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"He that plants trees loves others besides himself."
Thomas Fuller (1654 1734), English physician and writer
When I took today's photograph I was concentrating on achieving a composition that included the line of pollarded willows and the fast approaching pair of cyclists. The sunny afternoon was reason enough to stop off at Crowland on the Lincolnshire Fens, and I gravitated towards this particular place just outside the village because I'd photographed here before without any great success. A distant walker proved to be too far away to be useful to the composition I wanted, so I asked my wife to walk ahead to provide the human interest that I felt the shot needed. However, as she did so the cyclists came into view and I had just enough time to change lenses, raise the camera to my eye and fire off a few shots before they whizzed past me with a few cheery words. I'm reasonably pleased with the outcome, despite the road being dotted with freshly fallen soil from a tractor and plough that passed a couple of minutes earlier, and a little of the water-tower showing against the sky.
It wasn't until I brought the photograph up on my computer that I looked really carefully at the line of trees. And, when I did so, the quotation above by Thomas Fuller immediately came to mind. Whoever planted the large willows in this row by the side of the water (just visible on the extreme left) must have had a vision of what it would achieve and the public spirit to offer it to future generations, because, as Fuller's quote implies, trees take a long time to come to maturity and full beauty, and this is frequently after the planter has shuffled off this mortal coil. But, my photograph revealed more. In between the old trees are newly planted youngsters that must be the next-generation-in-waiting. Clearly someone else has an eye to the future of this location too, knows that the existing trees have limited lives, and have generously planted knowing that it won't be them who sees the trees when they reach their full beauty.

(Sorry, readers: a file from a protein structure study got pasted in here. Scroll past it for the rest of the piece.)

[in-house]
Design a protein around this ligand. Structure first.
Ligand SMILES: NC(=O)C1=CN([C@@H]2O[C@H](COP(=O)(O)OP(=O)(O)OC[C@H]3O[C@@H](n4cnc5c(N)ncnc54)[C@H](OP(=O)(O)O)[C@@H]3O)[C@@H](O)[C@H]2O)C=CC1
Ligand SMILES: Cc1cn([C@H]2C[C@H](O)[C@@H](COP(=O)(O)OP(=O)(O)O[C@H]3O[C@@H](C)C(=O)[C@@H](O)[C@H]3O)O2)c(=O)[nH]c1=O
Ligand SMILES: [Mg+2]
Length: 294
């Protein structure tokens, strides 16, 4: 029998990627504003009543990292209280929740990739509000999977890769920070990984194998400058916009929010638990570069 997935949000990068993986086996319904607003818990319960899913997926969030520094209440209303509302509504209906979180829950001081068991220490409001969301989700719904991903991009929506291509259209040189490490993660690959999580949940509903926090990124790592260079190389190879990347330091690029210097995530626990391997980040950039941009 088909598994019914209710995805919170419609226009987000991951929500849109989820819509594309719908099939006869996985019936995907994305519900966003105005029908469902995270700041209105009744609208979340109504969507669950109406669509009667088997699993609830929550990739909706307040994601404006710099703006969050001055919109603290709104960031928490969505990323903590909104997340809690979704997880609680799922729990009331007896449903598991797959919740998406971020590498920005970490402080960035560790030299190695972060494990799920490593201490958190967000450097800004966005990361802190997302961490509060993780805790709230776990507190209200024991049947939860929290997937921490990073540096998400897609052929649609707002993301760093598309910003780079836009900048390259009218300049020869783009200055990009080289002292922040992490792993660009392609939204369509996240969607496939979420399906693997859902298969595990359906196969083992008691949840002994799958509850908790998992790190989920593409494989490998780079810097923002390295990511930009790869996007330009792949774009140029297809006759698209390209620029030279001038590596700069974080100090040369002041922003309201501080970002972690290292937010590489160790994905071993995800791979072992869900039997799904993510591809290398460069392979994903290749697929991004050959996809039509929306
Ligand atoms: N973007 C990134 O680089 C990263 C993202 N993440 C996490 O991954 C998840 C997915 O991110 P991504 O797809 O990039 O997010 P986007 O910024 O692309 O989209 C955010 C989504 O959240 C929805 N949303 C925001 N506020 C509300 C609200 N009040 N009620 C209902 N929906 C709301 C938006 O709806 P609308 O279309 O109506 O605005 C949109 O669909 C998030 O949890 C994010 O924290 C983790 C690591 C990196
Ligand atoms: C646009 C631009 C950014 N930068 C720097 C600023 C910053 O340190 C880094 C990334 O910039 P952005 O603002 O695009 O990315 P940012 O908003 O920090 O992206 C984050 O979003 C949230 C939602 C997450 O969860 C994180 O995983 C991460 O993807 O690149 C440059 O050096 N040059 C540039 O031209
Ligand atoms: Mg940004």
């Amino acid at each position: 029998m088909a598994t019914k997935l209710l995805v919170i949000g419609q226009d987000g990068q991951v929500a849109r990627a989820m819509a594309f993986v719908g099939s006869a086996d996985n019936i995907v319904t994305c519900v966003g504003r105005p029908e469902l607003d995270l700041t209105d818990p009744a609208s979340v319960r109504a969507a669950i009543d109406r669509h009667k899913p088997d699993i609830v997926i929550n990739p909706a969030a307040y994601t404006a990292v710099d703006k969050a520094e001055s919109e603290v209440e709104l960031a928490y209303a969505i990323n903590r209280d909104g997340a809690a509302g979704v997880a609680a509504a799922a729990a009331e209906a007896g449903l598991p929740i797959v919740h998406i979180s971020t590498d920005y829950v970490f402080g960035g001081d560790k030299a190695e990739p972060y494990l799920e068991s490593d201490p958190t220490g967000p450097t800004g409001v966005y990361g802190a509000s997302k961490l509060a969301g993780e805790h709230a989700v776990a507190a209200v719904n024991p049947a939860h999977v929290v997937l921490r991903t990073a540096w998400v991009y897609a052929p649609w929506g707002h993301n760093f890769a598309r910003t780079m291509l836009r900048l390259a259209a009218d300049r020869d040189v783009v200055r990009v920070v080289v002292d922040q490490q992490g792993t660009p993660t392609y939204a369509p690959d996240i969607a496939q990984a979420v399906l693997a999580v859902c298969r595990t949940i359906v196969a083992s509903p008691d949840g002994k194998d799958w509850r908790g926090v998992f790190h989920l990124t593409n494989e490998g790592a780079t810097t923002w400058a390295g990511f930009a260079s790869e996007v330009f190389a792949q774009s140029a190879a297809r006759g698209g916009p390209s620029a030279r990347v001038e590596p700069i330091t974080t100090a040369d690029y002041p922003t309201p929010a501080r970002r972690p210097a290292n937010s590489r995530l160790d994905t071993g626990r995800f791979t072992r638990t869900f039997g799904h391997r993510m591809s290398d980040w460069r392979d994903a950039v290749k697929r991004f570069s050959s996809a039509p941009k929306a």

photograph and text © Tony Boughen
Mode: Aperture Priority
Focal Length: 300mm
F No: f5.6
Shutter Speed: 1/250
Exposure Compensation: -0.33 EV
Image Stabilisation: On